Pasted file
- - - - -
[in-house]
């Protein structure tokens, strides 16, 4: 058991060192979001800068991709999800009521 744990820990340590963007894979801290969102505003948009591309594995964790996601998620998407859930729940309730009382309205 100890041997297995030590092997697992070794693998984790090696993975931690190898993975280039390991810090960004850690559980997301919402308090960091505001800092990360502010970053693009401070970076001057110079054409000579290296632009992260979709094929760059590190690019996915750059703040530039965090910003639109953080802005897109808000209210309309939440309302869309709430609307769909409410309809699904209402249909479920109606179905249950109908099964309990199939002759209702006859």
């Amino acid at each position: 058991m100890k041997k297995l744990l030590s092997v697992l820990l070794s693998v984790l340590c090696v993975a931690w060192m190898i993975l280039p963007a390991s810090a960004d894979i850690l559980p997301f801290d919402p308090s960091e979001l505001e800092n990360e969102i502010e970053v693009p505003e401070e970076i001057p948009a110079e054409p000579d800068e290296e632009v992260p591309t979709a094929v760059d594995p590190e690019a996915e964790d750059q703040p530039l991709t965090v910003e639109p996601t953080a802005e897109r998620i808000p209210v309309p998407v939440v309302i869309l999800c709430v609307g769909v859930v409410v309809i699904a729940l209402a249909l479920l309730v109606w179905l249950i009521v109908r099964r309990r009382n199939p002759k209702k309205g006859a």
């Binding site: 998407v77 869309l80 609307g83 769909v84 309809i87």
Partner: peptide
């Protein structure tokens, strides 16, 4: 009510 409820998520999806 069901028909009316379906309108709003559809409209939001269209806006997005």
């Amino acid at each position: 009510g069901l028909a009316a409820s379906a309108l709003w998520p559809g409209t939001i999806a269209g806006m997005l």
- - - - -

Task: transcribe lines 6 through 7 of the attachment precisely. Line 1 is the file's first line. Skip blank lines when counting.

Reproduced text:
């Protein structure tokens, strides 16, 4: 009510 409820998520999806 069901028909009316379906309108709003559809409209939001269209806006997005």
């Amino acid at each position: 009510g069901l028909a009316a409820s379906a309108l709003w998520p559809g409209t939001i999806a269209g806006m997005l």